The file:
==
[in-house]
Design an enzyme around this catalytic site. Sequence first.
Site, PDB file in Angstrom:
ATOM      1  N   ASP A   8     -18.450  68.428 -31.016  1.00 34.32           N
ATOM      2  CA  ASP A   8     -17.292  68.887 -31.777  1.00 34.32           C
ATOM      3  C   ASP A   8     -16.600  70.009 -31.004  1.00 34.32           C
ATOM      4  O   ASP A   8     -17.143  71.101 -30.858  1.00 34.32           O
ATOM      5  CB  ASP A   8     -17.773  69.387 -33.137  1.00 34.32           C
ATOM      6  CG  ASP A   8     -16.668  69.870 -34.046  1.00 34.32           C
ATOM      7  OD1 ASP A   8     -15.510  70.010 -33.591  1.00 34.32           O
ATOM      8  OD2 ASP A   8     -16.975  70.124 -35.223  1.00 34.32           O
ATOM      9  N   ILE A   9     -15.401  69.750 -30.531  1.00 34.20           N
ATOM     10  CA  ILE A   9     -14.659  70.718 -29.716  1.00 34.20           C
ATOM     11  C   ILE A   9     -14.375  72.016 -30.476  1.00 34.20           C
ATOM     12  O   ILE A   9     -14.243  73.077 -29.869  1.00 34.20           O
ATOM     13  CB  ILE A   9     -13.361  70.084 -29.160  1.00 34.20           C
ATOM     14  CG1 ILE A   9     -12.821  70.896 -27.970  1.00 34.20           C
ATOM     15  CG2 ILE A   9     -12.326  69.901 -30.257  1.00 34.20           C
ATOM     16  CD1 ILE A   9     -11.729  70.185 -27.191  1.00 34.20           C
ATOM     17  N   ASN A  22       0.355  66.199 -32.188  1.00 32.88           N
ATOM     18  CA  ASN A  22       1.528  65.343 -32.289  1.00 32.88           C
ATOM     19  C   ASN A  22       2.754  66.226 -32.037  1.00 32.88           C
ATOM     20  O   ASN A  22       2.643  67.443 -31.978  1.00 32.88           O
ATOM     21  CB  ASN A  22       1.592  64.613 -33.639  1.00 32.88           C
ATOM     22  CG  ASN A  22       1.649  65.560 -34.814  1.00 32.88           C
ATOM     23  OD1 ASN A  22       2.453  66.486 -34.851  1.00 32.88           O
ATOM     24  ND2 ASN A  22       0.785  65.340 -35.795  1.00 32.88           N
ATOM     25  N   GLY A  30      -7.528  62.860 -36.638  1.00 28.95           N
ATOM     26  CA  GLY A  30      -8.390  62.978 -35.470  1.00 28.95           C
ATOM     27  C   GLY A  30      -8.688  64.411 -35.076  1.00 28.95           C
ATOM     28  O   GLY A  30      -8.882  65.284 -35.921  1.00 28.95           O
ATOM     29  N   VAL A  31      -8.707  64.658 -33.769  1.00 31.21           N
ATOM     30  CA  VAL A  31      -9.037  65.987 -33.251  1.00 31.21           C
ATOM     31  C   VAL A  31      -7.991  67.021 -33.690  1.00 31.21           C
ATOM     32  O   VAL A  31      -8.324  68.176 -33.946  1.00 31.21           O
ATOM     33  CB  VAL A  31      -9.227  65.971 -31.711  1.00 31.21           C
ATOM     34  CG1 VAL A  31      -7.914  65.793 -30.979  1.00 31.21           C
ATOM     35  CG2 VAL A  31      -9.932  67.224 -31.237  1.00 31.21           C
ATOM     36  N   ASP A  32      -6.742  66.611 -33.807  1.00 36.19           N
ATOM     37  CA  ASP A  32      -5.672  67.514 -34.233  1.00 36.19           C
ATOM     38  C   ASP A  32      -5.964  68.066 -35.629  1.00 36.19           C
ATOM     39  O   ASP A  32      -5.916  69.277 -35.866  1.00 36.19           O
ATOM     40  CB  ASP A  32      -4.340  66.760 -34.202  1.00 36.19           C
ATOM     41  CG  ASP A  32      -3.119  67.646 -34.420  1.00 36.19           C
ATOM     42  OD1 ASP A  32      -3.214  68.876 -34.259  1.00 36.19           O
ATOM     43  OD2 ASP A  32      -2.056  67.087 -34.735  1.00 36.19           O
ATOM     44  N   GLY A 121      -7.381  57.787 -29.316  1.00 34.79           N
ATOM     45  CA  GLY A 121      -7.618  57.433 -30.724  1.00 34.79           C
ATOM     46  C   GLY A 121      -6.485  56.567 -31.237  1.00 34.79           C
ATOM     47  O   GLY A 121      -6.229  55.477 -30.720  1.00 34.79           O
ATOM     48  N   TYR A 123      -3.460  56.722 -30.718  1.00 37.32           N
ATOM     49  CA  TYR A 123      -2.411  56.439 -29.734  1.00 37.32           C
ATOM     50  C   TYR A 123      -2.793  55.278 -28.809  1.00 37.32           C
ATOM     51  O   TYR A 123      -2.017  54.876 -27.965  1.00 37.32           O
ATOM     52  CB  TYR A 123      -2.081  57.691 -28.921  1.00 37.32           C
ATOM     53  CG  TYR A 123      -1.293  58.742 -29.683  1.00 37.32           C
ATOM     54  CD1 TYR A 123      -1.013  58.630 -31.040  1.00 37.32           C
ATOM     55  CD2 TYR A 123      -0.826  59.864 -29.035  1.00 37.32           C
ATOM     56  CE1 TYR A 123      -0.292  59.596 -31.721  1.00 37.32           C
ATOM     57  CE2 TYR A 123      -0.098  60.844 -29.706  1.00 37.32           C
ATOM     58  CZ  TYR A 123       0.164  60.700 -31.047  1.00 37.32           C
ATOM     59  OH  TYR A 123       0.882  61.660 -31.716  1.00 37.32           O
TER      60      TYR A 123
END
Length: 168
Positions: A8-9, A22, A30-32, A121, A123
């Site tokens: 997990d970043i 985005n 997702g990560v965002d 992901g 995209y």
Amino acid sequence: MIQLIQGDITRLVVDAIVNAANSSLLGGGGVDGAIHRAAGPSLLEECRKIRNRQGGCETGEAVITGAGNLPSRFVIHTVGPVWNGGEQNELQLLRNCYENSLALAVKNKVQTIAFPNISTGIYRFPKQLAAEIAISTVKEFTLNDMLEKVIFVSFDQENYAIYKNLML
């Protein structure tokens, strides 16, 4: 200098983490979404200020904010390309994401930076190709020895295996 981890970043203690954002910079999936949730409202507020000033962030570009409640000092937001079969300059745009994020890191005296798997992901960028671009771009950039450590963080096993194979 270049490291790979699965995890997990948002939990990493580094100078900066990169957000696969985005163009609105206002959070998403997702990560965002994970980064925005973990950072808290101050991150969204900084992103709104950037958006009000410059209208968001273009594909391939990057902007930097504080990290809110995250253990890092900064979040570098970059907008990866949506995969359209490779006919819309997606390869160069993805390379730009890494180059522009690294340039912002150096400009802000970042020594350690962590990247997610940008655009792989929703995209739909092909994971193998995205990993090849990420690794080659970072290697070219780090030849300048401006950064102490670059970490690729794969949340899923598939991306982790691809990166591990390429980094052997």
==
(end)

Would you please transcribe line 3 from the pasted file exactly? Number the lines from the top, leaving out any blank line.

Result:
Site, PDB file in Angstrom: